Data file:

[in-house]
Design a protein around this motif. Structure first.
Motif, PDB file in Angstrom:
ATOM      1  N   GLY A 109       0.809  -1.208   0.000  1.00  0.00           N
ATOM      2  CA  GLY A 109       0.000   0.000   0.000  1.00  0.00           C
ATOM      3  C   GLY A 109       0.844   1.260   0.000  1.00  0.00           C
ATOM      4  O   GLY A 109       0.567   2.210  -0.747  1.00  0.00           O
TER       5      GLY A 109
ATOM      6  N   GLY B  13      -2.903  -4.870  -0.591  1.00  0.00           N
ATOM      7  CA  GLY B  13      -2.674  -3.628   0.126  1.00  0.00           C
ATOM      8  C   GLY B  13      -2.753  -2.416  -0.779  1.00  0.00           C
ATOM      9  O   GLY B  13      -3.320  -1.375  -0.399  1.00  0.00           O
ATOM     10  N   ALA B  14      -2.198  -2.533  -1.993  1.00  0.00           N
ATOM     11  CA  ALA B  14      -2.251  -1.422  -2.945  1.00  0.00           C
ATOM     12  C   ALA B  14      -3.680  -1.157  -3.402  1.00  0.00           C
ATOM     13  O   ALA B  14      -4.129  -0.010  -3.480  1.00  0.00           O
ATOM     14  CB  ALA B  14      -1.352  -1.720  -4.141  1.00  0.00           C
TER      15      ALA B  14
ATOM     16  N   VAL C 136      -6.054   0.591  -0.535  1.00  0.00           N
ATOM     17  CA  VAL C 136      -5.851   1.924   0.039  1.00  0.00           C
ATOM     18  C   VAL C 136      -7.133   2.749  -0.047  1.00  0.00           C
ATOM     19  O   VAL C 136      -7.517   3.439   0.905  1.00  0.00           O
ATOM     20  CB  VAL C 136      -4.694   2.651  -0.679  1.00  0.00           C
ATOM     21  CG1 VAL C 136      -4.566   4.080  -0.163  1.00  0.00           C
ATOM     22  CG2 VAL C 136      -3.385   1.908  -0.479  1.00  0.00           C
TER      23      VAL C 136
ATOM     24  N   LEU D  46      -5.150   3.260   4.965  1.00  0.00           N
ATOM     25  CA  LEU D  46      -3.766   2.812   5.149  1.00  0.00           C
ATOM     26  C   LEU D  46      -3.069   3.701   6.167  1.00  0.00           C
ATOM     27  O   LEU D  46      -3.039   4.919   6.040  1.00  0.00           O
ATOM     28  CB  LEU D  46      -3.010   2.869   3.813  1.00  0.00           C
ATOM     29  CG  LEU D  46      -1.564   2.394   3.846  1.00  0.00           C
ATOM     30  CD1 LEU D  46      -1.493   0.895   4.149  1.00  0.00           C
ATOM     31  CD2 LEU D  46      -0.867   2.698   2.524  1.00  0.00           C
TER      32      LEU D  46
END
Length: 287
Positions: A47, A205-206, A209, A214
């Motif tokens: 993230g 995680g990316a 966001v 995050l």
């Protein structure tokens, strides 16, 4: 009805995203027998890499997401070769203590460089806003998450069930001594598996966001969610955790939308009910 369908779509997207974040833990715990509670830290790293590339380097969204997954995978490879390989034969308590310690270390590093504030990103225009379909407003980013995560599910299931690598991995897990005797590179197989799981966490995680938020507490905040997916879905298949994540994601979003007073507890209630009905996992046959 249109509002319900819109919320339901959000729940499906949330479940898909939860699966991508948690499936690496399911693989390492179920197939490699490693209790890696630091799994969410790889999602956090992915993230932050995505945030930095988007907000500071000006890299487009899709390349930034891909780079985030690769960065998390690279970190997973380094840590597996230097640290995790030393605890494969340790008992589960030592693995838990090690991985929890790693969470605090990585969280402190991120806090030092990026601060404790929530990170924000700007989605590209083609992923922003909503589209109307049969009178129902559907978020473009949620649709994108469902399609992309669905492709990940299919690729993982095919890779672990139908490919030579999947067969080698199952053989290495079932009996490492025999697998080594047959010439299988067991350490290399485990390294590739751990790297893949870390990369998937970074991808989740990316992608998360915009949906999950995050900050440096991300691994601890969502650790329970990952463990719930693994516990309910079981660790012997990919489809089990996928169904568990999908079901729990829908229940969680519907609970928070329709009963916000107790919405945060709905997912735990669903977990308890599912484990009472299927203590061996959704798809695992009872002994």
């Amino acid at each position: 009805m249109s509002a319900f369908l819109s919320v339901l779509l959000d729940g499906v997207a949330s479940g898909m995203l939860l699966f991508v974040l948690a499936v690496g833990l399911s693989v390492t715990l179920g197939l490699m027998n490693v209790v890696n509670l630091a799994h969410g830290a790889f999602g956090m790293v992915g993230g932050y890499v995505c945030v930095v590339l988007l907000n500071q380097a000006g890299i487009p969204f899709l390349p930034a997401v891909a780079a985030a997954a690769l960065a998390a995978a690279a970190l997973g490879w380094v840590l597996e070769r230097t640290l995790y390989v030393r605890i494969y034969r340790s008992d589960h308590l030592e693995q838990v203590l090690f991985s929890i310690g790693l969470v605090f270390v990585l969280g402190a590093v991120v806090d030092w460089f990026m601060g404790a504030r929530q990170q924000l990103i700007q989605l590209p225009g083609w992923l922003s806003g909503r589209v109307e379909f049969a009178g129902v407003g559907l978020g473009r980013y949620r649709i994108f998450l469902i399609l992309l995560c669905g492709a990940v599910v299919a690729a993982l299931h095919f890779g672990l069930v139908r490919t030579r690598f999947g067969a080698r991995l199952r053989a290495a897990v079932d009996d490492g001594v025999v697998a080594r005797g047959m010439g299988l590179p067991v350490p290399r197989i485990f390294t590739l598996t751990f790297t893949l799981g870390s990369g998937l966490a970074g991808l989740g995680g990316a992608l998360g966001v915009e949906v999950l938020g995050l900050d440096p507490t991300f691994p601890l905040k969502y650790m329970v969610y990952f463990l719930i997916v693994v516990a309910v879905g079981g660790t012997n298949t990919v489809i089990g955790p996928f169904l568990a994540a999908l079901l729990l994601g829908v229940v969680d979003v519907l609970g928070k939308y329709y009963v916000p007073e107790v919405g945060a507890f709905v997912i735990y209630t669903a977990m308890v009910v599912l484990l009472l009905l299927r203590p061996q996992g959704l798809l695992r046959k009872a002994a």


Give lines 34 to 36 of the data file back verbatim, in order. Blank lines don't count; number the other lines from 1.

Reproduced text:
ATOM     31  CD2 LEU D  46      -0.867   2.698   2.524  1.00  0.00           C
TER      32      LEU D  46
END